Thanks to enduring biases against motorcyclists, you can do everything right, and still be blamed for the accident that caused you harm. This is because reckless drivers know that they can get out of being held accountable if they can blame part of the reason for the crash on the motorcyclist.
In Texas law, drivers owe other people on the road a “duty of care,” meaning they must follow the rules of the road and keep others around them safe. A driver (or motorcyclist) is negligent and liable for your injuries if:
- They violate this duty by driving recklessly
- Their conduct injures you or someone you love
- You have damages (such as medical bills, lost wages, pain and suffering, or more)
For your case to be successful, you must be able to prove all three of these elements.
While that might seem relatively simple, this is where Texas law gets complicated.
Texas’ Modified Comparative Negligence Law
Accidents are often nuanced, and rarely caused by one person, company, or defective part. More commonly, it’s multiple failures happening in concert that cause a crash. Texas’ modified comparative negligence law ensures injured people are compensated in proportion to their “level” of fault in the crash.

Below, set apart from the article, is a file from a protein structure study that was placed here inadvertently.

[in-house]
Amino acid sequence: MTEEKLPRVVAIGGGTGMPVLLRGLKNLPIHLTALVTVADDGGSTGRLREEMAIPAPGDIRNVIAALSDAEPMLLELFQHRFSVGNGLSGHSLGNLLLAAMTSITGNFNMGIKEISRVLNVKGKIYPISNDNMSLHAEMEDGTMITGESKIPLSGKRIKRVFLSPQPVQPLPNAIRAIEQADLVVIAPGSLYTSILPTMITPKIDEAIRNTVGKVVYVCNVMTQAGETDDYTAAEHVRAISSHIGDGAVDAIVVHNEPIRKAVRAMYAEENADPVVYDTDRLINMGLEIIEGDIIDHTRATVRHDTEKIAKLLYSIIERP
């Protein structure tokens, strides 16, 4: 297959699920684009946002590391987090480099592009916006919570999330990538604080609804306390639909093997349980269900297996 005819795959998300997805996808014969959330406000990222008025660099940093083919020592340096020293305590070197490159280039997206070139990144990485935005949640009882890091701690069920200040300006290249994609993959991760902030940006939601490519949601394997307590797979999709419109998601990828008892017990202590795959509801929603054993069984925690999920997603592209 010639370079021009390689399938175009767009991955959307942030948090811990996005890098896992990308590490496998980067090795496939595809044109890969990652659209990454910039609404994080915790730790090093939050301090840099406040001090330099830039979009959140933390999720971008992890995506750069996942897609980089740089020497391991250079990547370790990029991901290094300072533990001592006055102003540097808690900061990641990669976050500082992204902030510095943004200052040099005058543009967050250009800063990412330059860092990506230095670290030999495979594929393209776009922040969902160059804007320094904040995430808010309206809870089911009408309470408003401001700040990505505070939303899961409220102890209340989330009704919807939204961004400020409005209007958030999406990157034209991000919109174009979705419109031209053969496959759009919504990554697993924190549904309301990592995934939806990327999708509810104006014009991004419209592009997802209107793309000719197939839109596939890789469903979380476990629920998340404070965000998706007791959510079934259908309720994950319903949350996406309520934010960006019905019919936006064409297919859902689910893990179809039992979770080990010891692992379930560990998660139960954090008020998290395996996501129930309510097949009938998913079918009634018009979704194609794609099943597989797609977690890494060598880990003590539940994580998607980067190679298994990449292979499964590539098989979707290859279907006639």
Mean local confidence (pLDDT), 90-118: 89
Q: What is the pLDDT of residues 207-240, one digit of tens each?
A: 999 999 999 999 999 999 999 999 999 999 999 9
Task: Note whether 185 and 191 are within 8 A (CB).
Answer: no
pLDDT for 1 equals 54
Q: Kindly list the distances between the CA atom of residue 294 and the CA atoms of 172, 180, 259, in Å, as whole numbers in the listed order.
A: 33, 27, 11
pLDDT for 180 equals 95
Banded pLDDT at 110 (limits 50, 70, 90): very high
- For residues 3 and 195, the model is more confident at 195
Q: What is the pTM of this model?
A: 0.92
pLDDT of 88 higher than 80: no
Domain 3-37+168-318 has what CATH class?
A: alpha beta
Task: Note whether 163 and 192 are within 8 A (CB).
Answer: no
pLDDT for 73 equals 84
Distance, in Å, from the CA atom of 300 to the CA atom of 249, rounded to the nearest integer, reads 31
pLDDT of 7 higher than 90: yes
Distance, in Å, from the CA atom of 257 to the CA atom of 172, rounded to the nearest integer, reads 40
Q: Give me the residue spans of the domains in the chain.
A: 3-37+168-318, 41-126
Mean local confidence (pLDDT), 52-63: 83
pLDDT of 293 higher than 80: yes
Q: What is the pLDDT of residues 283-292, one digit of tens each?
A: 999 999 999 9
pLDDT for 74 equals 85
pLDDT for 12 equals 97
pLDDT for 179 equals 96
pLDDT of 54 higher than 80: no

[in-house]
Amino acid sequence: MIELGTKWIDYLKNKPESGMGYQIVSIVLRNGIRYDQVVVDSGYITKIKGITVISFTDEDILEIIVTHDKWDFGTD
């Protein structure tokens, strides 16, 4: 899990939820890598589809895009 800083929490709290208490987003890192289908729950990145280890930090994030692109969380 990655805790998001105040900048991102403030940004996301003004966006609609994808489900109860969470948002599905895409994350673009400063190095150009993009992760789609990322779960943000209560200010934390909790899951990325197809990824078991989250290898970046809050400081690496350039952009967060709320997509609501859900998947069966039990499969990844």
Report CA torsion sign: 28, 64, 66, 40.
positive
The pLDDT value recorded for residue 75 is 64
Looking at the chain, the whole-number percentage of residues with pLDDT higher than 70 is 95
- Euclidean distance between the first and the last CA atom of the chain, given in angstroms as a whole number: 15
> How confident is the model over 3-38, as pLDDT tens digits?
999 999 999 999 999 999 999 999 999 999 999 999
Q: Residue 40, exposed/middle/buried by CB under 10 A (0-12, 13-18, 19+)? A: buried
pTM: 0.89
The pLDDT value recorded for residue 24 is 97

Let’s say you’re on your bike, going about five miles per hour over the speed limit, when you’re hit by a motorist driving drunk and going the wrong way down the highway. Your injuries, medical bills, lost wages, and pain and suffering amount to $250,000 in damages. However, because you were speeding at the time of the crash, you could be considered 5% responsible. Therefore, you would only be able to collect 95% of the damages available to you—$237,500.
In Texas, you can be up to 50% responsible for a crash and receive compensation. However, if you are 51% or more at fault, the insurance company doesn’t have to pay your damages.
When insurance companies and other parties want to reduce the amount of compensation they’ll be held responsible for, they’ll often blame the injured biker. Sometimes, they base their claims on things like speeding, and other times, it’s due to lane-splitting, helmet use, or passengers riding with you.
Even worse, the insurance companies often try to take advantage of motorcycle bias and blame even the most responsible bikers. Inaccuracies in the police report sometimes make it seem like the injured person was more responsible for the accident than they were—causing them to be denied the compensation they need and deserve.
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